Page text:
If you send input keys reliably and there is any packet loss (there will be at some point), the server could get hung up and stuck on old queued up input and the clientside prediction on the moving client is going to be wrong almost indefinitely and he'll just be correcting all the time. The server should use the latest input received, all the time. Glenn Fielder has a nice article that covers pretty much exactly how most modern FPS games networked multiplayer is implemented here: http://gafferongames.com/game-physics/n ... d-physics/
    dreamora wrote:
    The only genre where input forwarding is an option is MMOs and MMOs are no option for the cloud and PUN

    That's why Quake 3 did it, and every game Valve ever made, and Halo, and CoD :) All using unreliable channels, too.
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  • but these games do not only send these data, they send more data than that. otherwise the position would be constantly wrong as even a 1ms fluctuation on the latency would yield an incorrect calculation.
    WoW works similar or used to up to the speed hack ;)

    Also they are not truely authorative. They are a tricky form of hybrid that requiers pretty heavy cheat protection cause its not secure on its own.

    Also its not possible to do this kind of networking in Unity unless you decide to not use collision and physics, cause Unity does not offer the physics simulate forward / backward command from physx, which you would require to apply input in the past to properly get the now state. Otherwise you can not send the current position of the object through the network to get it in sync from time to time, at least not if it takes longer than the setback time you apply for any command in the client side prediction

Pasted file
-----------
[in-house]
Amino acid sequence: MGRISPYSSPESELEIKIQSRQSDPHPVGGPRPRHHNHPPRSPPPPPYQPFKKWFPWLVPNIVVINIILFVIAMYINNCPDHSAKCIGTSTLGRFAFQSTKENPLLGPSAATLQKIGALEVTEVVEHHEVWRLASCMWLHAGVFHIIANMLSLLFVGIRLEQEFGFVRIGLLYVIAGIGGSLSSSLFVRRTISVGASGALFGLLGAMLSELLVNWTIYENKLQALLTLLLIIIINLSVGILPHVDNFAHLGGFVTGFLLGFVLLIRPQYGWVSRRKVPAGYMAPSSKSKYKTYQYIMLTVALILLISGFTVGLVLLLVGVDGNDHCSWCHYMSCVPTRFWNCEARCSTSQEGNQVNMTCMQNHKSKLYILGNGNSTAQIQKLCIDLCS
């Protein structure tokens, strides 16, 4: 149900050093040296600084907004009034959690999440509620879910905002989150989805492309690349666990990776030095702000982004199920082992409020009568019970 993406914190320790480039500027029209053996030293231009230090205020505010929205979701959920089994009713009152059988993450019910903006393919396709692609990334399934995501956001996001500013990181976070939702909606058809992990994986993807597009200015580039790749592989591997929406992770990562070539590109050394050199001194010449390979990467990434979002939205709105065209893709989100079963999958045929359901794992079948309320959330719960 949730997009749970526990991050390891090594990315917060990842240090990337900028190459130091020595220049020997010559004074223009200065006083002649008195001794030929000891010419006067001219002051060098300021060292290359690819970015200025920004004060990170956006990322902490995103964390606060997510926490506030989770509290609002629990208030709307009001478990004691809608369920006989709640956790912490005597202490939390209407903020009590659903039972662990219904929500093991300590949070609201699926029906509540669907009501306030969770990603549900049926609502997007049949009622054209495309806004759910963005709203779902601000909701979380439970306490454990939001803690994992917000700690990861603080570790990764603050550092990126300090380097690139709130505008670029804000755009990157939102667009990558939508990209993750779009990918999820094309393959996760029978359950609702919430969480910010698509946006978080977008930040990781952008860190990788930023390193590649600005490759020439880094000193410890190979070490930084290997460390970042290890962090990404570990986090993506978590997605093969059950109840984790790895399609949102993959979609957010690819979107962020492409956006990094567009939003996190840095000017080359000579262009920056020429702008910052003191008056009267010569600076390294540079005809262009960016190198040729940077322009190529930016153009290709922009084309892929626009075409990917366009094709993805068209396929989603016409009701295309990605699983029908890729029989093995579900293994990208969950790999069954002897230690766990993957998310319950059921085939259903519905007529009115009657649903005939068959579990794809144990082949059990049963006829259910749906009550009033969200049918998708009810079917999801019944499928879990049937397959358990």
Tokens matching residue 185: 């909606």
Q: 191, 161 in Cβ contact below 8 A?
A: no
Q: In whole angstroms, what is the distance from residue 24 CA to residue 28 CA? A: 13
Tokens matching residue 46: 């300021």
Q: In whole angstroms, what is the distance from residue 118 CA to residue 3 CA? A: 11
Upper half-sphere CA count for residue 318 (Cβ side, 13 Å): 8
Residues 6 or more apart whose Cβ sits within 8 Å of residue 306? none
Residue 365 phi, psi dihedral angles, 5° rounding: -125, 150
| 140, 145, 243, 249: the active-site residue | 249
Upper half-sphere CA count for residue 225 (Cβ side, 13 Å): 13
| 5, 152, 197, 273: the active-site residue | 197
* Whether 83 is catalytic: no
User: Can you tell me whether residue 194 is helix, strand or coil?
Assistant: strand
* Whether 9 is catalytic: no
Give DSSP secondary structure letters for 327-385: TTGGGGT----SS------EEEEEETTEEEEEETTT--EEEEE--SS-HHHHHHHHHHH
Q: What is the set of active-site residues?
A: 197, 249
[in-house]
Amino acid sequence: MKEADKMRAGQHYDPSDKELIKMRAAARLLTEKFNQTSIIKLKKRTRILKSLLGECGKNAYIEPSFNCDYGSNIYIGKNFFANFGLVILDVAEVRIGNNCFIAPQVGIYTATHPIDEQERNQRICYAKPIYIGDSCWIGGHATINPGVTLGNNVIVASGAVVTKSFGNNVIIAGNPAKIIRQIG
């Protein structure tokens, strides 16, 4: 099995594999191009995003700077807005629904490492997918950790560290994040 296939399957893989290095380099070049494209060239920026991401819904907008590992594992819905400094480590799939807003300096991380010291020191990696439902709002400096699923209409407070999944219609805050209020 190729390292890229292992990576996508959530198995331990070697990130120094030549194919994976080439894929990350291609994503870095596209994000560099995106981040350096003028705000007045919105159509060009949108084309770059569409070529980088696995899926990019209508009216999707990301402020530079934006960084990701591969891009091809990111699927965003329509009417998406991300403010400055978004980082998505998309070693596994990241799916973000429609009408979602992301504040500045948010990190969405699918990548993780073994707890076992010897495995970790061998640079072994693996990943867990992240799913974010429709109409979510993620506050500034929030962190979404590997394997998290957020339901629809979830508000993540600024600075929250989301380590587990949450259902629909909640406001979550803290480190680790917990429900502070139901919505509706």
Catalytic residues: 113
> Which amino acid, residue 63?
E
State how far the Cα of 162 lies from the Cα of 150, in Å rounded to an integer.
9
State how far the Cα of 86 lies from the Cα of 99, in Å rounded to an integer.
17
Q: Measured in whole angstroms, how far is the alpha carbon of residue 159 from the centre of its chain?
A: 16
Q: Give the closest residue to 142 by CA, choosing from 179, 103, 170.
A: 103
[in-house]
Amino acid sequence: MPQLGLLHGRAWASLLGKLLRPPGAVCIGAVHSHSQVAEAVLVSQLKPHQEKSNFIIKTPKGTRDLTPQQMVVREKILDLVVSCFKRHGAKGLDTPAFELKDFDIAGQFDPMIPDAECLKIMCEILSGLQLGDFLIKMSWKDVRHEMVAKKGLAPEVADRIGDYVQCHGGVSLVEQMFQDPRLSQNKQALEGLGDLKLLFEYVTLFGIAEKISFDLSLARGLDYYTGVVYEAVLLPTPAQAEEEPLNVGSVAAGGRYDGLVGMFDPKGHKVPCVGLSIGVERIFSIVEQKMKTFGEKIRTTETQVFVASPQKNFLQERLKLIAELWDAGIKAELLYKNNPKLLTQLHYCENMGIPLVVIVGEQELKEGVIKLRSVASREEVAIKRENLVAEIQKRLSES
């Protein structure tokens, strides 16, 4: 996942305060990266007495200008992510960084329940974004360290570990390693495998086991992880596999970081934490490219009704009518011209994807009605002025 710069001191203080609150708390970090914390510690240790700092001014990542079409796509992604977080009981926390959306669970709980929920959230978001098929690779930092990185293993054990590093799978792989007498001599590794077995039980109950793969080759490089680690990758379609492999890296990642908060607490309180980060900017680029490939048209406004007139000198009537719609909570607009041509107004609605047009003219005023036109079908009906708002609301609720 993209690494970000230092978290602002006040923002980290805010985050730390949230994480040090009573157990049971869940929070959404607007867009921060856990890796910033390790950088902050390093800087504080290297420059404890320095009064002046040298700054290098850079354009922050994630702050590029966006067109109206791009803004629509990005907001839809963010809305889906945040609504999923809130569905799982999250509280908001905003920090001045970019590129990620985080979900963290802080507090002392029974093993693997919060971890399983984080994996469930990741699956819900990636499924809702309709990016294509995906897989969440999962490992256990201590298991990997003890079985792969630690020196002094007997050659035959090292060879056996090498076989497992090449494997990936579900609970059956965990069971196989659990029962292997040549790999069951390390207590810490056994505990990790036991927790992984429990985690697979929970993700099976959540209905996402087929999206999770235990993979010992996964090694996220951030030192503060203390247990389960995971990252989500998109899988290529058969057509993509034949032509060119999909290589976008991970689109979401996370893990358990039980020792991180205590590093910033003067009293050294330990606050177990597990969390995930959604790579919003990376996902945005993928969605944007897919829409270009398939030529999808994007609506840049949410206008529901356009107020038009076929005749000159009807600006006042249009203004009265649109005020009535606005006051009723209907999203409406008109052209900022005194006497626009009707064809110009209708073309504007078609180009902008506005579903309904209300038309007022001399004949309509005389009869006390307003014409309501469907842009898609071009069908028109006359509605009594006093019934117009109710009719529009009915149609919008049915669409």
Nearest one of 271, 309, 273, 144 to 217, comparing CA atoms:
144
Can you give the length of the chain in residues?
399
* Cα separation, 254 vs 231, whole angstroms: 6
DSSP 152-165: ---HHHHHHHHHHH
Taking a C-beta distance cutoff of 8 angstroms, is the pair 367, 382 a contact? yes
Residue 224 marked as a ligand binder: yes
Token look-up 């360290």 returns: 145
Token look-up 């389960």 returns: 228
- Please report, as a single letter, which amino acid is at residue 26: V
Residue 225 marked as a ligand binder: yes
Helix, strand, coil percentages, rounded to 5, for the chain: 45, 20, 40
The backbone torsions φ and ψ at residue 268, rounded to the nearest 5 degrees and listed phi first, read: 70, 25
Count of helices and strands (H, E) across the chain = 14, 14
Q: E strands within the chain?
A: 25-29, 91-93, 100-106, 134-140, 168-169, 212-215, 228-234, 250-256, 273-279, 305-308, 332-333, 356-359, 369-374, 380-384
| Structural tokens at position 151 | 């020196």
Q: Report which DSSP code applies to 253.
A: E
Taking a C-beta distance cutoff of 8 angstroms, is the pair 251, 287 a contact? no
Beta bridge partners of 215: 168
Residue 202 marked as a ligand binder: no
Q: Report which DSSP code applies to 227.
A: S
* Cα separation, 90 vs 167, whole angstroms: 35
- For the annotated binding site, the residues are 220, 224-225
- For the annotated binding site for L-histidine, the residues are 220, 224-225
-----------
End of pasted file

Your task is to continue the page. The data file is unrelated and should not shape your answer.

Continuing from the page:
And naming all these games is funny cause torque actually sent bit optimized positions not input and as far as I'm aware, torque / Tribes still has the by far best networking code ever used in games. Tribes 2 hosted 256 player games in the days of 56k modems, something valve, dice etc do not even manage on 20mbit+ lines today, they can barely manage to pull off 32 players without entering trouble. And none of todays games aside of tribes ascencion is even remotely as fast as tribes used to be :) (slide & glide speed and low latency requirements >>> Q3 rocket bunny)
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  • Just facing the same issue as the OP.

    Currently we got players who are invisible and do not sync their positions at all. We instanciate AI (position sync'ed) that can be attached to a player and follows it.